Crossfit Xfinity has found success with its ?garage gym? model?a no-frills approach to fitness with highly certified trainers. Coaches lead clients through the fundamental movements of CrossFit, and then shadow them as they work through Olympic-style weightlifting, gymnastics-based exercises, and plyometric jumps.
After a love of sports led trainer Shane Rodriquez to the fitness industry, he quickly racked up an impressive collection of certifications from CrossFit, ISSA, and NESTA, as well as a lineup of clients that includes Fabian Sanchez of Dancing with the Stars. He puts his impressive resume to use at Ignite Fitness, where he's enlisted the help of Level 1 CrossFit trainer and triathlete Sonia Steely to helm CrossFit's constantly changing regimen of varied functional movements performed at high intensity. In sessions divided by age group, the duo motivates clients of all abilities to cast aside their preconceived limitations and perform movements such as weight-lifts, lunges, and plyometrics to increase their strength, endurance, and chances of finally impressing their fathers. To ensure each client gets the most out of the workout, they modify exercises to suit each individual’s needs. They also host a nutrition guide online to keep clients from sliding back into unhealthy habits.
To provide their clients with a diverse and engaging fitness experience, Ignite Fitness also hosts yoga classes as well as nutritional workshops, which explain the processed-carbohydrate-free paleo diet.
Little black quotation marks stand out against J19 Fitness’s light-gray brick walls, encompassing neatly painted letters that spell, “What I once feared, I now embrace.” These words act as a collective mantra and reminder for the exercisers at J19 Fitness, who on any given day may perform pushups, dashes, jumps, and Olympic-style weight lifts. Each day, the trainers here consult their vast repertoire of exercises to create a new regimen, ensuring that clients never walk into the same exercise session twice. This ever-shifting arrangement of exercises is a key aspect of CrossFit; it prevents the body from adapting to the workout so that muscles continue to perform at their best. Athletes, Olympic competitors, soldiers, and police personnel around the world use this same exercise philosophy to maintain peak physical condition and achieve maximum coolness when wearing sleeveless muscle shirts.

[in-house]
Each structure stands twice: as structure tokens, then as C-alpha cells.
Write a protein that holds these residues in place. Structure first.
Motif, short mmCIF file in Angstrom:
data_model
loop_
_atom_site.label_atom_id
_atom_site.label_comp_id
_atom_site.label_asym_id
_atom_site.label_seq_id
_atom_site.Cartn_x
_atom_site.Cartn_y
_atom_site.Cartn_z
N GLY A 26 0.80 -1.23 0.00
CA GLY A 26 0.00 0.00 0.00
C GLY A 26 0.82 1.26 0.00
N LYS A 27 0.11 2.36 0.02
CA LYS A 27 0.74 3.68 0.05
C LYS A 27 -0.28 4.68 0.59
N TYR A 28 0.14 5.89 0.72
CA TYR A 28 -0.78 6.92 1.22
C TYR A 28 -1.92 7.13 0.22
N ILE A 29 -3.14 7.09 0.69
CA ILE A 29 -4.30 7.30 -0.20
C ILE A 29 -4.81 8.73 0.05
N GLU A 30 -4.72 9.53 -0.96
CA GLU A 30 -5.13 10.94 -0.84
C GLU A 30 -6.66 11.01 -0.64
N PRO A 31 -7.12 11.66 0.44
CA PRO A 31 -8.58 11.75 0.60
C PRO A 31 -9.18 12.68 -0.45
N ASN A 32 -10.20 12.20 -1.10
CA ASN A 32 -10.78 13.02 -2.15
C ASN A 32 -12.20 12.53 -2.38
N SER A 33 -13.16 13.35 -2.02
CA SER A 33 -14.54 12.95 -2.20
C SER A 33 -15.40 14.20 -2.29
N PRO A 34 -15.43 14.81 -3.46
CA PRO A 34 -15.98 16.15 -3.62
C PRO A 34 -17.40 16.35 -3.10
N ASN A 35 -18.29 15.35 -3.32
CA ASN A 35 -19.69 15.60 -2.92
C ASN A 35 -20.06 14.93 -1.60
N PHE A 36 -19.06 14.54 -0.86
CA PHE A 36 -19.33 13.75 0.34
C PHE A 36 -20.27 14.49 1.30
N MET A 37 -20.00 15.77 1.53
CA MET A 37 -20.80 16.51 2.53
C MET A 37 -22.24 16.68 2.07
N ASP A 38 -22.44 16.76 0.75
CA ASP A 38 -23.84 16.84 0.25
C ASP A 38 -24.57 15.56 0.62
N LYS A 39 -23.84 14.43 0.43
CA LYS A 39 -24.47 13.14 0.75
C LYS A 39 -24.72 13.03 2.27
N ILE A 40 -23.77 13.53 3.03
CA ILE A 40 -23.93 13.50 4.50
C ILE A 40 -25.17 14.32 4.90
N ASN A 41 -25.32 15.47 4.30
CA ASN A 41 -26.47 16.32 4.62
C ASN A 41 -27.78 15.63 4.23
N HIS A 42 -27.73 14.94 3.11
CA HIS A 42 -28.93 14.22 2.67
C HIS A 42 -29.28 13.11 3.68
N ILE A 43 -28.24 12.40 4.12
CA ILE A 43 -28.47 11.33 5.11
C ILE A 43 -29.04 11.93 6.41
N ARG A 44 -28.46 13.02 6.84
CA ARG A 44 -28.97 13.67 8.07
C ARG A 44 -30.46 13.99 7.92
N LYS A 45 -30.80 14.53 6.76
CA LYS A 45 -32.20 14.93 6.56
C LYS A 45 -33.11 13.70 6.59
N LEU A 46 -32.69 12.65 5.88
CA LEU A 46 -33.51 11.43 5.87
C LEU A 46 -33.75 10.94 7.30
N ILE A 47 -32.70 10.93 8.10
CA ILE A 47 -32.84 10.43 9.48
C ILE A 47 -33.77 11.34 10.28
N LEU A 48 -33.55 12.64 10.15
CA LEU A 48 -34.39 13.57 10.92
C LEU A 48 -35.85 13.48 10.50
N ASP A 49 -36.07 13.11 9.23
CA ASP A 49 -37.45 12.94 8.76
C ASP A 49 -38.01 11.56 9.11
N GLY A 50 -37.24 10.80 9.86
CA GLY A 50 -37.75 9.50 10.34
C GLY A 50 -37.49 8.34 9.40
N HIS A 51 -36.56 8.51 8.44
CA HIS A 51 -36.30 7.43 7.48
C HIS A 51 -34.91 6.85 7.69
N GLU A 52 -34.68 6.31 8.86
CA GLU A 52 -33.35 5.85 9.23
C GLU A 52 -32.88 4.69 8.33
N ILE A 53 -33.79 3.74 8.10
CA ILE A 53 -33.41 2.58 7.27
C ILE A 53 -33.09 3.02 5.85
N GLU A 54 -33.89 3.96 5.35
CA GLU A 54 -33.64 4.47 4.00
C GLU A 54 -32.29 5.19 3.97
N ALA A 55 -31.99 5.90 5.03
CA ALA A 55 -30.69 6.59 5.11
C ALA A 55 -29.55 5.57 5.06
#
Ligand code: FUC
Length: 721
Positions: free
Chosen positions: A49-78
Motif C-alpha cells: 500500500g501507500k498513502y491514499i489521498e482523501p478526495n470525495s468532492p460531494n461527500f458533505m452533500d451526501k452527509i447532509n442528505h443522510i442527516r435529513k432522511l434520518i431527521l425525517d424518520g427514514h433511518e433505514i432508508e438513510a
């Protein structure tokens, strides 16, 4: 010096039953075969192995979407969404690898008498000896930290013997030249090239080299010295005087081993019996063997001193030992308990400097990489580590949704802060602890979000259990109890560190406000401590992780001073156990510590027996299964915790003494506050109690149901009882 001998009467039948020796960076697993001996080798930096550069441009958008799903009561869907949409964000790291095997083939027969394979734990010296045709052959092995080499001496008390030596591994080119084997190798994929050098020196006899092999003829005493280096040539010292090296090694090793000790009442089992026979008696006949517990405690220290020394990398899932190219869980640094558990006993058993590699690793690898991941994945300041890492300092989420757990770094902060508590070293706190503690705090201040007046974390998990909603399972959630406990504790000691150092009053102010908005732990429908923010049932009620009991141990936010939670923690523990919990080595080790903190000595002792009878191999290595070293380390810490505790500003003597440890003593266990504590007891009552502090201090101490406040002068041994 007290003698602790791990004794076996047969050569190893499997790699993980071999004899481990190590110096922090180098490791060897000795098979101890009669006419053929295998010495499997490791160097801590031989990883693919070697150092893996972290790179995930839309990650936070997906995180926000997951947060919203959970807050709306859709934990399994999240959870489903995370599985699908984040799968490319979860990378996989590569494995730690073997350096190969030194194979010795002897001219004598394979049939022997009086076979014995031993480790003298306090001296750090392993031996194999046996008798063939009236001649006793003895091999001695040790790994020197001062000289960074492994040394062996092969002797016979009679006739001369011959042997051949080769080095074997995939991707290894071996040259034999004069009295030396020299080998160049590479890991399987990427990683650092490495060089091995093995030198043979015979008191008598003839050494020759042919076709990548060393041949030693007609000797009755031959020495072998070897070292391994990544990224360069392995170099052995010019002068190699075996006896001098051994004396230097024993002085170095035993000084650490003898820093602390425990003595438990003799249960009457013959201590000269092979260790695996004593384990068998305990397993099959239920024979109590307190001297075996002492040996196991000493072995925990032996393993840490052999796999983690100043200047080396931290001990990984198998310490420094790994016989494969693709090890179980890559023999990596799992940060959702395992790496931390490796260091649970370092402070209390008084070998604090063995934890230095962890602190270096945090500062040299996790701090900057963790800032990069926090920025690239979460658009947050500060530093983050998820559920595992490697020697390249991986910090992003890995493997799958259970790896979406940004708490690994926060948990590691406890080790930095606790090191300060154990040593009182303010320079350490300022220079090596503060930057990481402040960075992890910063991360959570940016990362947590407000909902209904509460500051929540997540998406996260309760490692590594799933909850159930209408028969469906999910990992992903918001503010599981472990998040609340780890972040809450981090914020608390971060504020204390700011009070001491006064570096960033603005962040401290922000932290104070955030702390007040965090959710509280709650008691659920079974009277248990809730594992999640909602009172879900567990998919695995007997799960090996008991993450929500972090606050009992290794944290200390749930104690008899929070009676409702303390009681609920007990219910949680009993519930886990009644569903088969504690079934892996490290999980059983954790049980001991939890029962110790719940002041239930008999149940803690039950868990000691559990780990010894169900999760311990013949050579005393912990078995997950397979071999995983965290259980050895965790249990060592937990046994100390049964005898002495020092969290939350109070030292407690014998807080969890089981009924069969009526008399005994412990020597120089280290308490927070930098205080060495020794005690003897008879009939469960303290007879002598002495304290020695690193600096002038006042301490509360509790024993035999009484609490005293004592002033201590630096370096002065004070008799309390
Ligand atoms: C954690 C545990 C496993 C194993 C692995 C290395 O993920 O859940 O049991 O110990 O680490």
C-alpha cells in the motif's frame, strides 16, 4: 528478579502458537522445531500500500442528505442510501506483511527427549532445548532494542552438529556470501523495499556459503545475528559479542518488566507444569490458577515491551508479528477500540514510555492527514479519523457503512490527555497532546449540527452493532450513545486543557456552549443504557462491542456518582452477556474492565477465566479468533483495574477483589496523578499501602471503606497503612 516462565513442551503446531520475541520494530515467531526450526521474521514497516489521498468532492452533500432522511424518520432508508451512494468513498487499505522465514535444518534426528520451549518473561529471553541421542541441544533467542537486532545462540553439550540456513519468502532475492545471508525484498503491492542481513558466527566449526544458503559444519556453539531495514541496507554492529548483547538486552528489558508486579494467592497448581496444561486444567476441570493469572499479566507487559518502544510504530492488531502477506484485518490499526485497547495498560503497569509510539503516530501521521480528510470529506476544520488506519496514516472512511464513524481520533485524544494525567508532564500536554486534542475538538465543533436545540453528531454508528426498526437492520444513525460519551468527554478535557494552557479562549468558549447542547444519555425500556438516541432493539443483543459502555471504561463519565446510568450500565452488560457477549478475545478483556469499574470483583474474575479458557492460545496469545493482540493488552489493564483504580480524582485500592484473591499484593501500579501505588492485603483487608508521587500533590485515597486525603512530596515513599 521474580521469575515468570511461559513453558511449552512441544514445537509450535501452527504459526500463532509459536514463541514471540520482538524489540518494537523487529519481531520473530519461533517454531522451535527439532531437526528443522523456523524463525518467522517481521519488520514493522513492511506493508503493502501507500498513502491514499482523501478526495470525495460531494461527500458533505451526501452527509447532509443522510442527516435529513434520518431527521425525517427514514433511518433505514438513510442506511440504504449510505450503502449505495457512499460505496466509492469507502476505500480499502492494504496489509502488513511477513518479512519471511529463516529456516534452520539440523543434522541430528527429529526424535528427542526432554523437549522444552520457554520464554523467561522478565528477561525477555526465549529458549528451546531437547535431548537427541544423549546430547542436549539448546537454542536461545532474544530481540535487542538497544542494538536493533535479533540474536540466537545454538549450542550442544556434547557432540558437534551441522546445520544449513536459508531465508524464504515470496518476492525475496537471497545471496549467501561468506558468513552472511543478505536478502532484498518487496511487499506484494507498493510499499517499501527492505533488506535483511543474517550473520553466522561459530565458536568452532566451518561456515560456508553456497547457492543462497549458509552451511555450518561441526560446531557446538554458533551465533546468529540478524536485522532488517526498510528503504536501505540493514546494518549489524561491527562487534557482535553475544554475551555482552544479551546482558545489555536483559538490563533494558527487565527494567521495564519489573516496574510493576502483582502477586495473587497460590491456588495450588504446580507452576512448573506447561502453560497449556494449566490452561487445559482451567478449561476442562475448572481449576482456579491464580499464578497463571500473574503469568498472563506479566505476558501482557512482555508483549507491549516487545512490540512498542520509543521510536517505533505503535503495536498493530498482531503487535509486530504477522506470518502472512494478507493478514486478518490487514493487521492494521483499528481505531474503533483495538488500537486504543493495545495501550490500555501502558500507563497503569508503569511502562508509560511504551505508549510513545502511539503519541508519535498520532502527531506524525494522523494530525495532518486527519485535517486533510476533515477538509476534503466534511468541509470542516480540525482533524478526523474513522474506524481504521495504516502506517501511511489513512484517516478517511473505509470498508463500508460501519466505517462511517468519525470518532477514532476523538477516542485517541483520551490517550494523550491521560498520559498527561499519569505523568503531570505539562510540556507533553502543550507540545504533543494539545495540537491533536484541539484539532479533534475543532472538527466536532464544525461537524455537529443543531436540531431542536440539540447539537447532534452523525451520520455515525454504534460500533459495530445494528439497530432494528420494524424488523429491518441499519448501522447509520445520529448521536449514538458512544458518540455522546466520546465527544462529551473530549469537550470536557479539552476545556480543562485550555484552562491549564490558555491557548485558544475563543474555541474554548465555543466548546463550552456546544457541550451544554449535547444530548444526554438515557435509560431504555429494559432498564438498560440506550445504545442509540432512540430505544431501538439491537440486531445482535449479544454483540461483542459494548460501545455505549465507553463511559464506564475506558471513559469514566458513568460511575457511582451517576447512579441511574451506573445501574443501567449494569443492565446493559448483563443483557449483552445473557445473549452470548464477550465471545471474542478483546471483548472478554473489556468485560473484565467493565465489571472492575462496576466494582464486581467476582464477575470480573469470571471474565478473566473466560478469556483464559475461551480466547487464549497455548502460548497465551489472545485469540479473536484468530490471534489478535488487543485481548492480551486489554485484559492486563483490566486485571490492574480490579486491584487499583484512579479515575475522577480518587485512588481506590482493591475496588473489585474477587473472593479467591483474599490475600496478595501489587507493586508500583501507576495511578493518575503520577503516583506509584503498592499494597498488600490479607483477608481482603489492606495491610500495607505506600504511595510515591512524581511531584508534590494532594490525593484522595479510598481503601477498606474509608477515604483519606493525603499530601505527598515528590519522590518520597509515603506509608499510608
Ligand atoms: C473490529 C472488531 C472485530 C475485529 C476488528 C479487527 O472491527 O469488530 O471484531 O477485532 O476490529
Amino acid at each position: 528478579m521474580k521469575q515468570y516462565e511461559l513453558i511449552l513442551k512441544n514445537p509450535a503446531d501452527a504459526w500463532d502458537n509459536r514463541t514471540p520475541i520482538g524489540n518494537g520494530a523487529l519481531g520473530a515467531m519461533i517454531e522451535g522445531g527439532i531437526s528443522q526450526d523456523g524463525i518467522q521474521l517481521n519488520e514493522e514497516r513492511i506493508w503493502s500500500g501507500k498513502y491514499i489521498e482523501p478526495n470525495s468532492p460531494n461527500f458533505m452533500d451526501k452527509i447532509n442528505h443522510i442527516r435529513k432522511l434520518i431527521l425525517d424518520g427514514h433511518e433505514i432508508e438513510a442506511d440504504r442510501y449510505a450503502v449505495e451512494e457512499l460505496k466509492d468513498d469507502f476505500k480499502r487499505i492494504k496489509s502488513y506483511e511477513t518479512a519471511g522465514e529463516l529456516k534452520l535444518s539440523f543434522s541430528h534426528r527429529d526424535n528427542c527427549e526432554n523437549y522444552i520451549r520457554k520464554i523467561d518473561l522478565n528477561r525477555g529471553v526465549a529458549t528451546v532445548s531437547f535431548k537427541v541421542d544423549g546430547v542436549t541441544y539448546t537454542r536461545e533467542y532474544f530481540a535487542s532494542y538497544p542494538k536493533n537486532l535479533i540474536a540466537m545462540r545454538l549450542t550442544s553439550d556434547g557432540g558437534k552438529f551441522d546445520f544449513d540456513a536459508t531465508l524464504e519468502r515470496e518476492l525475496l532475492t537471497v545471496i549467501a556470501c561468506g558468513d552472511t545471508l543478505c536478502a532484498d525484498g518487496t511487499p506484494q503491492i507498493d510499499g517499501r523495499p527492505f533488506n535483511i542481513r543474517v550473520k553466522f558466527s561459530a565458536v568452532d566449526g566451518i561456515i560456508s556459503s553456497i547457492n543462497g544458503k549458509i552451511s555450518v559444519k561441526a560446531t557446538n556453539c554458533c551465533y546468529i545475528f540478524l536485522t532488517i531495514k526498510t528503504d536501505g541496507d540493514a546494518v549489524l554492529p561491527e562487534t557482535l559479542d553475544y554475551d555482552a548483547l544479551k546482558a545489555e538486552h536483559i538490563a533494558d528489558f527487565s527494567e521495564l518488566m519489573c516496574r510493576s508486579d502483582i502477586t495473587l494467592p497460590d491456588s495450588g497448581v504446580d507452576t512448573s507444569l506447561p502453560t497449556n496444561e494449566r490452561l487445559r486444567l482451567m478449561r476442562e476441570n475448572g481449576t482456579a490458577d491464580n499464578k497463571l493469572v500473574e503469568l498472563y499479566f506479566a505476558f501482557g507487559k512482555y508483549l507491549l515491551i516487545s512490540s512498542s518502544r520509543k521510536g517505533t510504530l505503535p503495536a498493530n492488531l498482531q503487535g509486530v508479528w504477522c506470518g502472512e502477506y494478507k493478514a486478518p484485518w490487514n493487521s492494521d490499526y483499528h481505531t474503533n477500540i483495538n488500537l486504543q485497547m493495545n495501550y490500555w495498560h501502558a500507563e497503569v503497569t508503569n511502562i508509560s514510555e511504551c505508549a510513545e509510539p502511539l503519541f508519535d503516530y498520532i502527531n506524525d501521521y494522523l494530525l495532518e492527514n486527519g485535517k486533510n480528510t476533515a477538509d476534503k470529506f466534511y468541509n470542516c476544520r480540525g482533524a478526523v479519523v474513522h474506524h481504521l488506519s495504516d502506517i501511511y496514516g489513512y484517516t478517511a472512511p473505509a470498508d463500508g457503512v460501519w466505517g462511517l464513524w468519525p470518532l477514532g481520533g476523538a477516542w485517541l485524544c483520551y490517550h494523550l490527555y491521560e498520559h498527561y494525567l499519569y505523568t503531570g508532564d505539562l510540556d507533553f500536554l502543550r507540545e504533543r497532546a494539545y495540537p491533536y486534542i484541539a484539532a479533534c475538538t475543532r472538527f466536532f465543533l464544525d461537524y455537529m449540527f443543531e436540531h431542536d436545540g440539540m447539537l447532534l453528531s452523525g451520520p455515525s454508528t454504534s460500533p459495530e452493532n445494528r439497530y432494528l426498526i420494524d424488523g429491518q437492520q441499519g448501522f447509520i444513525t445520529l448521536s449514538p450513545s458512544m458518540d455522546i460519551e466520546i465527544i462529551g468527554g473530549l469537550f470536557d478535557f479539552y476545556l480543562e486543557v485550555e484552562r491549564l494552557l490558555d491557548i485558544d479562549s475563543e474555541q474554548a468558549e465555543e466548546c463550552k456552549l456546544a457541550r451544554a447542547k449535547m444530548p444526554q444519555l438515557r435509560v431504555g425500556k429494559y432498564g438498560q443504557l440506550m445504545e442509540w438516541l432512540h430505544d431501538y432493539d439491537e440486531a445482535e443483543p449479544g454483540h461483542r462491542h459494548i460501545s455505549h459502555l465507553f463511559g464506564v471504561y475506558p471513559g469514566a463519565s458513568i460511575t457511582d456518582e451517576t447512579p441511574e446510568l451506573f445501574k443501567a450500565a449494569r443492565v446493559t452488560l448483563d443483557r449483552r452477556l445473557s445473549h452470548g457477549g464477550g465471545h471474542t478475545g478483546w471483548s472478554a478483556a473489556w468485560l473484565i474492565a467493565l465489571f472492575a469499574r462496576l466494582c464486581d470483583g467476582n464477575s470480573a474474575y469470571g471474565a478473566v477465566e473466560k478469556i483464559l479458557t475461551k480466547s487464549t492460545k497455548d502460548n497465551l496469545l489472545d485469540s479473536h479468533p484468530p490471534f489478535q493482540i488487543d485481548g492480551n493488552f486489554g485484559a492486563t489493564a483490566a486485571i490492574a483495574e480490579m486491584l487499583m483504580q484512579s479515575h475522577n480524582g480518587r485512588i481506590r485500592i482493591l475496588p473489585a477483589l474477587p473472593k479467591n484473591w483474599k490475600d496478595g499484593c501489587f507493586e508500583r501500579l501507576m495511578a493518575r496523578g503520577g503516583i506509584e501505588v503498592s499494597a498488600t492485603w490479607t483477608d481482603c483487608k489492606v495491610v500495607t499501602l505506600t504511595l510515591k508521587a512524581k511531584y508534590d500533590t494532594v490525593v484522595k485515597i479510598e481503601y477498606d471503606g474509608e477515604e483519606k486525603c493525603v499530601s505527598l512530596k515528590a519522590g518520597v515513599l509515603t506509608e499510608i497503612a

In life, the early bird gets the worm. But at CrossFit Over The Mountain, where classes start as early as 5:45 a.m., the early bird gets first crack at CrossFit's workout of the day. Each daily workout consists of functional exercises such as chin-ups, squats, and box jumps, which exercisers complete as intensely as they can. For added motivation, exercisers can track their progress and sabotage their enemies' on the facility's online workout-tracking tool.
Inside Omega Life Fitness, fitness seekers can procure a MyZone belt, which keeps them on point by calculating and tracking burned calories, heart rate, and other fitness data in real time. Clients can don the belt during H.I.I.T. classes??interval training classes that emphasize short bursts of intense exercise followed by recovery periods, a method that effectively helps burn fat and increase aerobic capacity. Clients just starting out can practice functional movements, which help the body attain proper function and reduce physical ailments, while the Corrective Exercise Program focuses on choosing proper exercises and performing them correctly. The expert trainers lead participants through intense OmegaFX classes that use functional exercises to help develop strength and endurance in all the body's muscle groups. They also lead yoga and corrective-exercise classes, all within a naturally-lit space that has helped clients attain optimal fitness levels in a safe setting.
Sean Dickson knows firsthand how fitness can equate to survival. He spent 10 years in the Army, serving in the 82nd Airborne Division, attending Ranger School, and working as a recon scout in Iraq and as a special forces medical sergeant in Afghanistan. He found CrossFit when he returned to Alabama, and has since set PRs that include a 465-pound deadlift and a 5:37 mile. Along with his fellow instructors, Sean leads students of all levels through intense workouts that use Olympic weightlifting equipment, stumps attached to chains, and kettlebells to build strength. The class schedule includes three strength-building classes a week, with the rest of the classes based on metabolic conditioning and the art of ripping off a T-shirt.